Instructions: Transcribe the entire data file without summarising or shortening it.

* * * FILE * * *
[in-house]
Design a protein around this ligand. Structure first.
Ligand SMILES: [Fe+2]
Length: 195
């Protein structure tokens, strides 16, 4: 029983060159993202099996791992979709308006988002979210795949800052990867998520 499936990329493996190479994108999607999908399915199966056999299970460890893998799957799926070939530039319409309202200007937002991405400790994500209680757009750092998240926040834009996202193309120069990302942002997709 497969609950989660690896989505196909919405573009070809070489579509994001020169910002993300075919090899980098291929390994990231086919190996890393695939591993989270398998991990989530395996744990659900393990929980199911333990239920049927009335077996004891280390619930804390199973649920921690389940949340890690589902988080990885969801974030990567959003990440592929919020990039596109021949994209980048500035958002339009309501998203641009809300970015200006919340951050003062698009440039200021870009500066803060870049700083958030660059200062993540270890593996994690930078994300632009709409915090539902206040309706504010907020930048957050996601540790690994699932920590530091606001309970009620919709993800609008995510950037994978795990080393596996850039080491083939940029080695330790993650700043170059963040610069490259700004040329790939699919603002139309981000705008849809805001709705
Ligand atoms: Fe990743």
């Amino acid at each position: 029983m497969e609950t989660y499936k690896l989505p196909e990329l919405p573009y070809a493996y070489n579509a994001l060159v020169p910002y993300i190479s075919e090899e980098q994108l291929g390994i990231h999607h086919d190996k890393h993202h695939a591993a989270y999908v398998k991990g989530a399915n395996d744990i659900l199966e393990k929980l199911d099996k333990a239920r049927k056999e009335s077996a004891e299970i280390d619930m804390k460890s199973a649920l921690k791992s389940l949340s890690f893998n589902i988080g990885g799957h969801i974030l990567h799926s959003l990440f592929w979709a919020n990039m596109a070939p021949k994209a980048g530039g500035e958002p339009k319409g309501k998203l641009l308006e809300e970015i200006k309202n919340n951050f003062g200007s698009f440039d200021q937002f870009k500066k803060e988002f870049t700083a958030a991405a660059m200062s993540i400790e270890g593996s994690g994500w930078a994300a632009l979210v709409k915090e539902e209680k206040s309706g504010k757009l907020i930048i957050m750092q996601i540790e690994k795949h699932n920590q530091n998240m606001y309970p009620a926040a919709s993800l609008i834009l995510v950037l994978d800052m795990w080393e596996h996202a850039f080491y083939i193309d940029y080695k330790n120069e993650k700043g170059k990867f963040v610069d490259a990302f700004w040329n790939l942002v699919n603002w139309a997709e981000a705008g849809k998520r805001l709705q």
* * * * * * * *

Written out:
[in-house]
Design a protein around this ligand. Structure first.
Ligand SMILES: [Fe+2]
Length: 195
């Protein structure tokens, strides 16, 4: 029983060159993202099996791992979709308006988002979210795949800052990867998520 499936990329493996190479994108999607999908399915199966056999299970460890893998799957799926070939530039319409309202200007937002991405400790994500209680757009750092998240926040834009996202193309120069990302942002997709 497969609950989660690896989505196909919405573009070809070489579509994001020169910002993300075919090899980098291929390994990231086919190996890393695939591993989270398998991990989530395996744990659900393990929980199911333990239920049927009335077996004891280390619930804390199973649920921690389940949340890690589902988080990885969801974030990567959003990440592929919020990039596109021949994209980048500035958002339009309501998203641009809300970015200006919340951050003062698009440039200021870009500066803060870049700083958030660059200062993540270890593996994690930078994300632009709409915090539902206040309706504010907020930048957050996601540790690994699932920590530091606001309970009620919709993800609008995510950037994978795990080393596996850039080491083939940029080695330790993650700043170059963040610069490259700004040329790939699919603002139309981000705008849809805001709705
Ligand atoms: Fe990743």
């Amino acid at each position: 029983m497969e609950t989660y499936k690896l989505p196909e990329l919405p573009y070809a493996y070489n579509a994001l060159v020169p910002y993300i190479s075919e090899e980098q994108l291929g390994i990231h999607h086919d190996k890393h993202h695939a591993a989270y999908v398998k991990g989530a399915n395996d744990i659900l199966e393990k929980l199911d099996k333990a239920r049927k056999e009335s077996a004891e299970i280390d619930m804390k460890s199973a649920l921690k791992s389940l949340s890690f893998n589902i988080g990885g799957h969801i974030l990567h799926s959003l990440f592929w979709a919020n990039m596109a070939p021949k994209a980048g530039g500035e958002p339009k319409g309501k998203l641009l308006e809300e970015i200006k309202n919340n951050f003062g200007s698009f440039d200021q937002f870009k500066k803060e988002f870049t700083a958030a991405a660059m200062s993540i400790e270890g593996s994690g994500w930078a994300a632009l979210v709409k915090e539902e209680k206040s309706g504010k757009l907020i930048i957050m750092q996601i540790e690994k795949h699932n920590q530091n998240m606001y309970p009620a926040a919709s993800l609008i834009l995510v950037l994978d800052m795990w080393e596996h996202a850039f080491y083939i193309d940029y080695k330790n120069e993650k700043g170059k990867f963040v610069d490259a990302f700004w040329n790939l942002v699919n603002w139309a997709e981000a705008g849809k998520r805001l709705q």